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The recent landslide in Oso, Washington, is only the latest example of how seriously insurers need to take the risk of these events. According to the BBC, the landslide destroyed about 30 houses and the mud remains up to 80 feet deep in some places.

Search and rescue processes have been hampered by heavy rainfall and toxic hazards that require each person leaving the debris field to be decontaminated. Washington Governor Jay Inslee has reportedly estimated that the total cost of the incident, including property damage and cleanup expenses, will exceed $40 million. President Obama stopped in the area on Tuesday to view the damage caused by the mudslide, before continuing on to Asia for a diplomatic trip.

In an interview with the Associated Press, Lieutenant Richard Burke of the Bellevue Fire Department explained why this mudslide was particularly powerful.

"The mountain didn't slide like an avalanche that starts at the top and slides down," Burke said. "It actually blew out at the bottom. And all of that energy, because of the weight on top of it, blew across the river and brought all that water and material in it."

Landslides a risk in all parts of the country

The U.S. Geological Survey (USGS) estimates that landslides cause more than $1 billion in damages and as many as 50 deaths in the United States each year. Globally, the damages amount to hundreds of billions of dollars, with hundreds of thousands of deaths and injuries.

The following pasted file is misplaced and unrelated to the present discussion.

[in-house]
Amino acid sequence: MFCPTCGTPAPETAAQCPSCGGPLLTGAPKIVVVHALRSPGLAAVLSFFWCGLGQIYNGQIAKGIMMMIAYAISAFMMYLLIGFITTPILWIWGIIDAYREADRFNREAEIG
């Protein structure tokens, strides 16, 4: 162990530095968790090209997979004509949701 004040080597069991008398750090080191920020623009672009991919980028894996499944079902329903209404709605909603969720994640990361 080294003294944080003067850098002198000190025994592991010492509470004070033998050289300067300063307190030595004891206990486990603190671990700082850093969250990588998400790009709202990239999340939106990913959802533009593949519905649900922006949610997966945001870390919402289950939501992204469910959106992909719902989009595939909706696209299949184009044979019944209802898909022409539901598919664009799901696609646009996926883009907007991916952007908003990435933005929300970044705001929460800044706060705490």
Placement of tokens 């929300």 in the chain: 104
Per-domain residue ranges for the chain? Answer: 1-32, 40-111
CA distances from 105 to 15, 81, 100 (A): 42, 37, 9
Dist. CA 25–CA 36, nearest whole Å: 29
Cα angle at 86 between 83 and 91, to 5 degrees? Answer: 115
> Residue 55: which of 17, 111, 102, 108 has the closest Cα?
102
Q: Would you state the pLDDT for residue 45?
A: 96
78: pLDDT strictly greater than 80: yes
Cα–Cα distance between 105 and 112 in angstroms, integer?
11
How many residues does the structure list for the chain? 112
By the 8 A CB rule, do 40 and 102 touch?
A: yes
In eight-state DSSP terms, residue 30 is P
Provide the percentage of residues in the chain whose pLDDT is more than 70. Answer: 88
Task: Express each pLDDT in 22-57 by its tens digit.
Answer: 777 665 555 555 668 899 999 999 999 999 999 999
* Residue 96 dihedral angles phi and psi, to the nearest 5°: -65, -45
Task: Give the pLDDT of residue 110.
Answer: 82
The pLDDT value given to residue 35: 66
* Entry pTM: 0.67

Landslides can happen suddenly as a result of an earthquake or heavy downpour, or as the result of the gradual forces of erosion and gravity. The USGS notes that most landslides have multiple causes, but heavy precipitation is often a key factor, as heavy rain or snow can add a significant amount of weight to weak or overly steep slopes. This means that early spring provides perfect conditions for landslides, as there is melting snow and rain weighing down the sides of mountains and steep hills.

Areas with a heightened risk of landslides include parts of the Appalachians, the Rockies and mountainous ranges near the Pacific coast, although almost every state has communities that are vulnerable to landslides, according to the USGS. The breadth of this risk is just one more reason why it is essential for residential and commercial properties to have the right amount of insurance coverage as we head into the spring.

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